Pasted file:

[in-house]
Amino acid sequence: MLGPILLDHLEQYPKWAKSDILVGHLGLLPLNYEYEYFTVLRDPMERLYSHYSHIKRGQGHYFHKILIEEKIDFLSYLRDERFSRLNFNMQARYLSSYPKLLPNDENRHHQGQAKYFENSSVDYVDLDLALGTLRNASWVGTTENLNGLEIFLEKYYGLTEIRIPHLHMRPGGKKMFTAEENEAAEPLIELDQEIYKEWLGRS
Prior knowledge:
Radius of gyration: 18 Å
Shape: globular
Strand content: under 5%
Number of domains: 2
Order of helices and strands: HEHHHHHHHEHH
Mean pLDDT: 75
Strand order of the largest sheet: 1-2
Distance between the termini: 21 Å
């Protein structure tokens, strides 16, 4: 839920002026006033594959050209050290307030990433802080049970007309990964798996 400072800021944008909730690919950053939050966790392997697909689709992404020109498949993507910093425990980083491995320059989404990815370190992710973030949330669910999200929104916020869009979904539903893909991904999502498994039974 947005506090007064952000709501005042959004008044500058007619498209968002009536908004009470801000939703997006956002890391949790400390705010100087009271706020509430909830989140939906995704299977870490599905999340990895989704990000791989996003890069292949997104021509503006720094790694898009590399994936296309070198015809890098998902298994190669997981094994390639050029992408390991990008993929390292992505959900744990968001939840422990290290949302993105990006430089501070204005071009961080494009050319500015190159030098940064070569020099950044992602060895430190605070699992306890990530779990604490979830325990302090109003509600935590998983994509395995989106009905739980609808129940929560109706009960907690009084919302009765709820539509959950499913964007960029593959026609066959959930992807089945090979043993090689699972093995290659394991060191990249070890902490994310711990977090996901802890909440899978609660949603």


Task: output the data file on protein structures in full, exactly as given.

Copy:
[in-house]
Amino acid sequence: MLGPILLDHLEQYPKWAKSDILVGHLGLLPLNYEYEYFTVLRDPMERLYSHYSHIKRGQGHYFHKILIEEKIDFLSYLRDERFSRLNFNMQARYLSSYPKLLPNDENRHHQGQAKYFENSSVDYVDLDLALGTLRNASWVGTTENLNGLEIFLEKYYGLTEIRIPHLHMRPGGKKMFTAEENEAAEPLIELDQEIYKEWLGRS
Prior knowledge:
Radius of gyration: 18 Å
Shape: globular
Strand content: under 5%
Number of domains: 2
Order of helices and strands: HEHHHHHHHEHH
Mean pLDDT: 75
Strand order of the largest sheet: 1-2
Distance between the termini: 21 Å
């Protein structure tokens, strides 16, 4: 839920002026006033594959050209050290307030990433802080049970007309990964798996 400072800021944008909730690919950053939050966790392997697909689709992404020109498949993507910093425990980083491995320059989404990815370190992710973030949330669910999200929104916020869009979904539903893909991904999502498994039974 947005506090007064952000709501005042959004008044500058007619498209968002009536908004009470801000939703997006956002890391949790400390705010100087009271706020509430909830989140939906995704299977870490599905999340990895989704990000791989996003890069292949997104021509503006720094790694898009590399994936296309070198015809890098998902298994190669997981094994390639050029992408390991990008993929390292992505959900744990968001939840422990290290949302993105990006430089501070204005071009961080494009050319500015190159030098940064070569020099950044992602060895430190605070699992306890990530779990604490979830325990302090109003509600935590998983994509395995989106009905739980609808129940929560109706009960907690009084919302009765709820539509959950499913964007960029593959026609066959959930992807089945090979043993090689699972093995290659394991060191990249070890902490994310711990977090996901802890909440899978609660949603």